Alternatively, having the web can be a great help for some of my classes -- for my history classes I keep wikipedia open so I can look up the topic if I want. Because I'm a total geek, sometimes I link my notes to a Wikipedia page.
posted by cschneid at 9:52 AM on February 9, 2007

I've been trying to use the Cornell method, but have not made time for going back and picking out summeries etc. (I know I should.)

Lately I've been using this for taking notes on my readings though, and it is really helping! I think it would also work well for going back and 'taking notes on your notes' which, as everyone has emphisized here already, is super important.
posted by serazin at 9:55 AM on February 9, 2007

Best answer: Any book on study skills will have a chapter on taking notes. Here's a list of suggestions.
posted by russilwvong at 10:14 AM on February 9, 2007

Be sure to do the reading before the lecture so the ideas are already forming some sort of shape in your head.

Ditto the Cornell note-taking suggestion.

Ditto serazin about using mind maps. Don't think of them as a replacement for more conventional notes -- they're the wrong place to put long quotes or formal proofs. They are, though, a great tool for organizing your thoughts and expressing things in a way meaningful to you, making for faster learning and better studying. (I loves me some mind maps.)
posted by Zed_Lopez at 10:25 AM on February 9, 2007

Best answer: I didn't know how to take notes at all until I was a junior in High School. That's when one of my teachers taught us his dot/dash note taking system.

It's nothing more than a very simplified outline style of note taking, minus having to keep track of a bunch of roman numerals and cardinal numbers. It might be helpful to realize that a professor who is lecturing in a note-intensive course is probably lecturing from their own notes, which we would all hope are in some sort of order. So therefore the structure of your notes in the class would be simply:

* main point
- subpoint
- subpoint
- subpoint

* another major point
- subpoint
- subpoint
- subpoint

and so on. Using appropriate abbreviations also speeds it up -- w/o for without, a triangle for "change", a triad of dots for "therefore" - whatever you're used to using already. No need to write complete sentences, or write down something verbatim unless it's exactly the sort of idea that you must remember, verbatim. The note at each dot and dash should be long enough to get the idea back when you're reviewing your notes later, but brief enough that you can write it down roughly in the same time that it's being spoken. If you want to practice just do it to the evening news, as though the anchorman is your lecturer, and see if you get the hang of it.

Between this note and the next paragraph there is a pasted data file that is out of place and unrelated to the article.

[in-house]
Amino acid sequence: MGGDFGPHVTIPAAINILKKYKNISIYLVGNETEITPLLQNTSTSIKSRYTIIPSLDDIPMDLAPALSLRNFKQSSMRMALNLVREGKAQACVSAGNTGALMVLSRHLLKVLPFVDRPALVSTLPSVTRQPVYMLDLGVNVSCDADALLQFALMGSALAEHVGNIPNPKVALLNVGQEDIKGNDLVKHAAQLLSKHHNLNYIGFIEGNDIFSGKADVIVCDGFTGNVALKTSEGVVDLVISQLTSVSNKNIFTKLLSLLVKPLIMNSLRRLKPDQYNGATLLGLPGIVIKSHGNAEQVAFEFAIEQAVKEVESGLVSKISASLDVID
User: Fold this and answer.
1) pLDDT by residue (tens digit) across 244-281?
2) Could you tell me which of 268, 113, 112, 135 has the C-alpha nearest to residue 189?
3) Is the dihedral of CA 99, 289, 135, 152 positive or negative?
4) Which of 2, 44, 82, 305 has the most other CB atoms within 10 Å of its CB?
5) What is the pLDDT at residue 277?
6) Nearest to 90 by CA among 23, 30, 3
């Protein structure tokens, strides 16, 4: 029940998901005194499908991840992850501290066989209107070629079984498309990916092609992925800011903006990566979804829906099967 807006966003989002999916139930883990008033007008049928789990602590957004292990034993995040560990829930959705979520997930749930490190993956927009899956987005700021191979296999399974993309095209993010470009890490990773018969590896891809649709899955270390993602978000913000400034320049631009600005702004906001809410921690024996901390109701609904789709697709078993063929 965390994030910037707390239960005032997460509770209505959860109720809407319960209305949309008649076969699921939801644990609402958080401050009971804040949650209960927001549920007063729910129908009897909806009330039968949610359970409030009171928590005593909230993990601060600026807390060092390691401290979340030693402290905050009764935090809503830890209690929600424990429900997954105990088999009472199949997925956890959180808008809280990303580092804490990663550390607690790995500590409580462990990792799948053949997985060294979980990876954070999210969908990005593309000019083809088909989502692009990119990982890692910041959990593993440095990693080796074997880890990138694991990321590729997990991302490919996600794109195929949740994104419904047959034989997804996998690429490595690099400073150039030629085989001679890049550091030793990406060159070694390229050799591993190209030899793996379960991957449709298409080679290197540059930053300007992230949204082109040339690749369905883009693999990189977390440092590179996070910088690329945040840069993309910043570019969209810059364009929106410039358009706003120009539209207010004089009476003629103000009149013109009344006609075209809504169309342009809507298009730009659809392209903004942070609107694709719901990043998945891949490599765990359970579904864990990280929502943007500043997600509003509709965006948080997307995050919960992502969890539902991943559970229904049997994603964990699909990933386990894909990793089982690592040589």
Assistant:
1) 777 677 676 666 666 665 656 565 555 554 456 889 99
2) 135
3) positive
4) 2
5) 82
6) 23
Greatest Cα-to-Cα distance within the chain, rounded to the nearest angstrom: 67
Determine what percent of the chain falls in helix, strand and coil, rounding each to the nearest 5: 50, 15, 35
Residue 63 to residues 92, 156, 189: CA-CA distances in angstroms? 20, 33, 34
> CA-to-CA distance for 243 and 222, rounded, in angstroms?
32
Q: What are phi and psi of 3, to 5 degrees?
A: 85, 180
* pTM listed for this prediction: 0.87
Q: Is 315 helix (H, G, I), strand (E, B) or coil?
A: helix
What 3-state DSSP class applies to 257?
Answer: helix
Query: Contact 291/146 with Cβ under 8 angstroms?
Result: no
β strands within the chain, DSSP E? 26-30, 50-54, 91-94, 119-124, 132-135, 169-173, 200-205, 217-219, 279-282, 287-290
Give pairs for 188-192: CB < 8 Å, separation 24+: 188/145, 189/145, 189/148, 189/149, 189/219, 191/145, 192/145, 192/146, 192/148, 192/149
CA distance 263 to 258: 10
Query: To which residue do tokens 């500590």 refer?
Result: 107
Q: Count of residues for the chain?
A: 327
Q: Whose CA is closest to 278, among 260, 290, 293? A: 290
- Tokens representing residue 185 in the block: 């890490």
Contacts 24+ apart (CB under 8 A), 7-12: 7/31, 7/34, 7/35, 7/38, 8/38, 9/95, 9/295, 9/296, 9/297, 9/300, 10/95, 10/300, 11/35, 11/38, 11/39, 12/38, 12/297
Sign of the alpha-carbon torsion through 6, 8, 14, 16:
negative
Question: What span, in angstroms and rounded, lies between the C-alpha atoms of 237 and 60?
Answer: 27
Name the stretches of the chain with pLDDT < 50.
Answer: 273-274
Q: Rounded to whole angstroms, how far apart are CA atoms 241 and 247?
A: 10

The reason I would ditch the laptop is that it's not as flexible as a piece of paper if you need to go freestyle on something, like draw a diagram or picture or make arrows from one idea to another. Plus, a notebook and pen are much more portable and much much less valuable.
posted by contessa at 10:39 AM on February 9, 2007

I can't take notes either, but I managed to get a Master's, so there is hope.

I have a slight learning disability so it proved too difficult to concentrate on writing when I needed to be listening. So I just found a person who took immaculate notes and asked if I could copy them. It worked out well.

I think if I never came to class, was graded poorly, or didn't engage in the class discussion it would have looked like I was being lazy, but an honest disclaimer or perhaps some kind of trade off might work.
posted by stormygrey at 10:56 AM on February 9, 2007

mindmapping can be helpful, especially if it happens after you have taken your original notes.
posted by craniac at 10:57 AM on February 9, 2007

Best answer: Why don't you watch a couple videos on and practice taking notes in different styles while you watch them? See what works, and what you remember about the videos based on your notes.
posted by iamkimiam at 11:13 AM on February 9, 2007 [1 favorite]

Best answer: I'd highly recommend something like contessa's method of simplified outline and symbolic abbreviations. Using more or less that method, try not to let a "point" go by. Chances are you may not even have to refer back to your notes -- the very act of writing down all the points in an improvised, yet organized, way may well be enough to make you remember them.

It's up to you to determine what constitutes a "point" -- with every professor, it will be a bit different, and chatty professors who go off on tangents will be particularly challenging -- but that very struggle ("was that a main point or a sub-point or just an aside?") can do wonders for helping you remember the information & grasp the organizing concepts.
posted by treepour at 11:23 AM on February 9, 2007

I also used a method similar to contessa's in law school, except I used different kinds of bullets. Law students live and die by their notes, which they use to make outlines at the end of every semester. I wouldn't have ever made an outline of notes in undergrad, but having notes you can cut and paste is great if you want to go that route.

I also agree with others who said it's a matter of trial and error to find a method that works for you. I took terrible notes in undergrad, but eventually worked out a method that worked for me in law school.
posted by Mavri at 11:43 AM on February 9, 2007